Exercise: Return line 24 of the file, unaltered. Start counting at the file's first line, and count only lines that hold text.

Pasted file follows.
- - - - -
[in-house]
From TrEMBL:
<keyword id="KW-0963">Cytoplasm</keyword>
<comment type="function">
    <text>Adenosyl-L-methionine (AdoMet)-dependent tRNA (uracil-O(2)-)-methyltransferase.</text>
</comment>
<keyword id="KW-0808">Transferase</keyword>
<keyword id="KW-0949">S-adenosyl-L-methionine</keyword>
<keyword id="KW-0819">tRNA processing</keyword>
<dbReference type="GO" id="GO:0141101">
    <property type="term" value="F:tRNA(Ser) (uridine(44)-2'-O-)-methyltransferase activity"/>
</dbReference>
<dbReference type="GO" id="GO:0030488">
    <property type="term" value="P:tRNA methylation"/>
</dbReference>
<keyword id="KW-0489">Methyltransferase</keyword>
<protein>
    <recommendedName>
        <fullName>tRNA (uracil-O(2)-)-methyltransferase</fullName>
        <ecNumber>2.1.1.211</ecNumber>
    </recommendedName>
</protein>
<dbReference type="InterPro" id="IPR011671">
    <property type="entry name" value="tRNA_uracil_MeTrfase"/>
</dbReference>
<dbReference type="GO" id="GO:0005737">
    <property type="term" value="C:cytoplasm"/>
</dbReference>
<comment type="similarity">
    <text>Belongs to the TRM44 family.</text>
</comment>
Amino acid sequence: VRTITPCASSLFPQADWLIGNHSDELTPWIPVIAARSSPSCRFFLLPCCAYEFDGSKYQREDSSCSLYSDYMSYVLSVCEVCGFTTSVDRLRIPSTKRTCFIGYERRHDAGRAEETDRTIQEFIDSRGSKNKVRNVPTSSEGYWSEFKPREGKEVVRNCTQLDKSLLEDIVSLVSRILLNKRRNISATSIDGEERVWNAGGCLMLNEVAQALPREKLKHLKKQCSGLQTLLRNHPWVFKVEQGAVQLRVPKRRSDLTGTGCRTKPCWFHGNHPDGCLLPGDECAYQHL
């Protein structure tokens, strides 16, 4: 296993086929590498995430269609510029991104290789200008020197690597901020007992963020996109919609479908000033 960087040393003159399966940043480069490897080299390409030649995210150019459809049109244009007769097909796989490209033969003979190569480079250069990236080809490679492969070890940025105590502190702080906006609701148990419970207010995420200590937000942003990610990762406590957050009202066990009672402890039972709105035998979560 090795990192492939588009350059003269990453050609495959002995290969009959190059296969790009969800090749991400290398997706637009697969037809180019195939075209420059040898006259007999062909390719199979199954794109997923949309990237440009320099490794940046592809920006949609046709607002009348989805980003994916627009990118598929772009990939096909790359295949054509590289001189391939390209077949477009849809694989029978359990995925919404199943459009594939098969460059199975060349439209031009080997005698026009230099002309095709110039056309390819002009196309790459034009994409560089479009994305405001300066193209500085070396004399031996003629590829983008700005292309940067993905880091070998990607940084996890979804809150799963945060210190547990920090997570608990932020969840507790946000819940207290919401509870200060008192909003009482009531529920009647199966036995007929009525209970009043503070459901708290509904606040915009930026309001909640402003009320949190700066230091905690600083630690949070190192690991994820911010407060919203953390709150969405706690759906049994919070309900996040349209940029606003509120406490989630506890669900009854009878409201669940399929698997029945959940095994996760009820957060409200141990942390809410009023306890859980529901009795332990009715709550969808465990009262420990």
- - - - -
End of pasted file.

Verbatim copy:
    <property type="entry name" value="tRNA_uracil_MeTrfase"/>